Data is the key differentiator between a Machine Learning project and a traditional software project: even if everything else stays stable, changing the data your models are trained upon makes a huge difference.
The best tools for tracking changes are the VCS that are used in software development, such as Git, Mercurial, and Subversion. They keep track of what was changed in a file, when and by whom, and synchronize changes to a central server so that multiple contributors can manage changes to the same set of files. But these traditional tools aren’t quite sufficient for Machine Learning because of the need for being able to track the data sets along with the code itself and some of the resulting models.
So versioning in Data Science projects can be pretty painful. There are generally six things that you usually want to keep track of:
environments / dependencies
Running a Data Science project is an iterative process and you usually don’t want to commit changes every time you change one parameter or one performance metric. Instead, you'll run a variety of experiments and commit it once you’re satisfied.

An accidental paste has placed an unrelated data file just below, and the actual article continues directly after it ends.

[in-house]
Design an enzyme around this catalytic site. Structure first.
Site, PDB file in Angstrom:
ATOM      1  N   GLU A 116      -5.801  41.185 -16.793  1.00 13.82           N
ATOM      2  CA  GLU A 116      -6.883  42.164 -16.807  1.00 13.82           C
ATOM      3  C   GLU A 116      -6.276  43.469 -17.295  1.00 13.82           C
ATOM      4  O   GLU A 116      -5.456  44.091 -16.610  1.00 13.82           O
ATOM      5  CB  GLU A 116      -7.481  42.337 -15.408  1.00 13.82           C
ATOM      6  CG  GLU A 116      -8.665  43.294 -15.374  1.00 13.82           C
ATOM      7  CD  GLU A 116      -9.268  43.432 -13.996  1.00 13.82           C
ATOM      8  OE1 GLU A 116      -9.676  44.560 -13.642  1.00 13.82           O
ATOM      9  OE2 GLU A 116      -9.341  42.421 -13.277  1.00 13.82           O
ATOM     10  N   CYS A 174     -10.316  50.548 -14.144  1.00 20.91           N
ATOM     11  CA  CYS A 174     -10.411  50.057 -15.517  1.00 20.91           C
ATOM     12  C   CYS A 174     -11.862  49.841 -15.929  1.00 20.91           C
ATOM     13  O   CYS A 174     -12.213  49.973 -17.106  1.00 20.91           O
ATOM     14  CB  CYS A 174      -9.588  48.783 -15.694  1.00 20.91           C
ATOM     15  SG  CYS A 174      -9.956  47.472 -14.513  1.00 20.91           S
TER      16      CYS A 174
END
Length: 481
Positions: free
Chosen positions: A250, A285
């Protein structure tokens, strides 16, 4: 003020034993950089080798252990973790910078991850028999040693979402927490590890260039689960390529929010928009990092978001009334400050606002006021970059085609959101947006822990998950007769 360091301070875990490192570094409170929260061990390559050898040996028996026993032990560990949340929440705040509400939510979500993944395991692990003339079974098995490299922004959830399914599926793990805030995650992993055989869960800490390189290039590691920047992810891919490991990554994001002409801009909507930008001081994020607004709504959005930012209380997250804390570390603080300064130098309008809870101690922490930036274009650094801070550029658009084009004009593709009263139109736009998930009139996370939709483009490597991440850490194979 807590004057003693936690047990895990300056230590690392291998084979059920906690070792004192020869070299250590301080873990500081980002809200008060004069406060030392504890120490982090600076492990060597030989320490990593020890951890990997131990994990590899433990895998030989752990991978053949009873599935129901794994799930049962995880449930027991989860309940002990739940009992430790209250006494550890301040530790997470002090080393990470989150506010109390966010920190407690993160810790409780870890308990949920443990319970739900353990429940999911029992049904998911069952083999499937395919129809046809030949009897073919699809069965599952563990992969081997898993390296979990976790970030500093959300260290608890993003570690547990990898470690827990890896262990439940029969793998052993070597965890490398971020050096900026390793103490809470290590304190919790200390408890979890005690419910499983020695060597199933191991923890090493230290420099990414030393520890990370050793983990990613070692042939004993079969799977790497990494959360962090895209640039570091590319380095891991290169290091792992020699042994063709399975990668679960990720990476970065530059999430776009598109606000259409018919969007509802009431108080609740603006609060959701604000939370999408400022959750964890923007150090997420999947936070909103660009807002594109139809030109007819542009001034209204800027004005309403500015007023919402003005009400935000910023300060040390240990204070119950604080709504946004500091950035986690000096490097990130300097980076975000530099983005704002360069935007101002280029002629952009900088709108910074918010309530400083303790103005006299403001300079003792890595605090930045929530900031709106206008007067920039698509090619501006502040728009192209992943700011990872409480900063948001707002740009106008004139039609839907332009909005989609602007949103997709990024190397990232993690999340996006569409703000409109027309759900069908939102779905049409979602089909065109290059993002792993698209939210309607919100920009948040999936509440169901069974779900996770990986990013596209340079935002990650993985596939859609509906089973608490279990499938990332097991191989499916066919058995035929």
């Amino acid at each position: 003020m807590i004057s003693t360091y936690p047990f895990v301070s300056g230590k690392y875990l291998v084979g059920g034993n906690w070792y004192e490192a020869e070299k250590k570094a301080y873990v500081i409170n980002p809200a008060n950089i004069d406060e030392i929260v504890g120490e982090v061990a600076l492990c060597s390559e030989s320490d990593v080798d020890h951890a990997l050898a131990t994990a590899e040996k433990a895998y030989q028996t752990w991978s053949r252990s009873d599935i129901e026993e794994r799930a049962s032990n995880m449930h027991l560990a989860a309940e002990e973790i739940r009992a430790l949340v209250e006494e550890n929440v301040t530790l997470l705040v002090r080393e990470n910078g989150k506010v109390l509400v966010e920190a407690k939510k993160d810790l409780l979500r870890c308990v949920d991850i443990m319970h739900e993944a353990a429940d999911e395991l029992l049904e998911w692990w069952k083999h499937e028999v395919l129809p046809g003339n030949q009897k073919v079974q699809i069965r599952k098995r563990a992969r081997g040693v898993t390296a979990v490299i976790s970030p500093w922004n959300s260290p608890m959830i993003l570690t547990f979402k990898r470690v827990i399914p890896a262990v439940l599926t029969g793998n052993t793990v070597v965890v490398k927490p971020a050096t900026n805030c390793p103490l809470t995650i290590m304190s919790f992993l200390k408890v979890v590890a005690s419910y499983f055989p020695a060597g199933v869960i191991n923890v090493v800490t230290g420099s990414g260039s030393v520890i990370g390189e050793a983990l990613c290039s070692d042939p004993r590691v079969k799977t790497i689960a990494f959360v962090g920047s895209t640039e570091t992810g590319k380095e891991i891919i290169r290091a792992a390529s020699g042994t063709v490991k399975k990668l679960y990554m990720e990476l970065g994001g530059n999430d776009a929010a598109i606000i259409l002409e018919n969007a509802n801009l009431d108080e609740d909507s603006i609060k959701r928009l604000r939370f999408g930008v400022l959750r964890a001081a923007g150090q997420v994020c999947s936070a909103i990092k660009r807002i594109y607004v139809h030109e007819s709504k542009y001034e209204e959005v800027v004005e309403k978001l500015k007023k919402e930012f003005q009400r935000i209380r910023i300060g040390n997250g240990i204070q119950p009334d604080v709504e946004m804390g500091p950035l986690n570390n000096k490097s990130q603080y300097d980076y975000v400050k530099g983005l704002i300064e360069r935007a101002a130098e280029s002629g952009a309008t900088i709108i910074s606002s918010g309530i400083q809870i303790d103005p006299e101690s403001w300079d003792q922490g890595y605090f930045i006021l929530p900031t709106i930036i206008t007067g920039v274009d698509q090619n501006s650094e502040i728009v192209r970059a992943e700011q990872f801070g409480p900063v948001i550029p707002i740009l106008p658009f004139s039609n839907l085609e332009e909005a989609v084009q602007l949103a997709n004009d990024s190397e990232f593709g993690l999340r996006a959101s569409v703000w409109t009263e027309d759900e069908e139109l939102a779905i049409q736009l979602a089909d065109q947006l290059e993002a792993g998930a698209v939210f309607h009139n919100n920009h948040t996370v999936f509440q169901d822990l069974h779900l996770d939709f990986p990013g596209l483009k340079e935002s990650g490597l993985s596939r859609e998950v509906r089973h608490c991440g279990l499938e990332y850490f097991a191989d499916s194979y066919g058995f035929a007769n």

This usually means that during the experimentation process, you might lose track of any of the experiments that you did (e.g. changes on data or dependencies). However, when you share your results with your colleagues, they'll not have any ideas of what you've already tried and most likely will end up redoing a bunch of work — heck, after a couple of weeks you could end up doing the same.
In this talk I will share some best practices to help you better version your ML project and also I will show some existing tools such as DVC, ndim and ReviewNB (to version Jupyter Notebooks).
This talk is aimed at PyData beginners and specific Machine Learning expertise is not required, although knowledge about Git and the Data Science ecosystem would help follow the speech.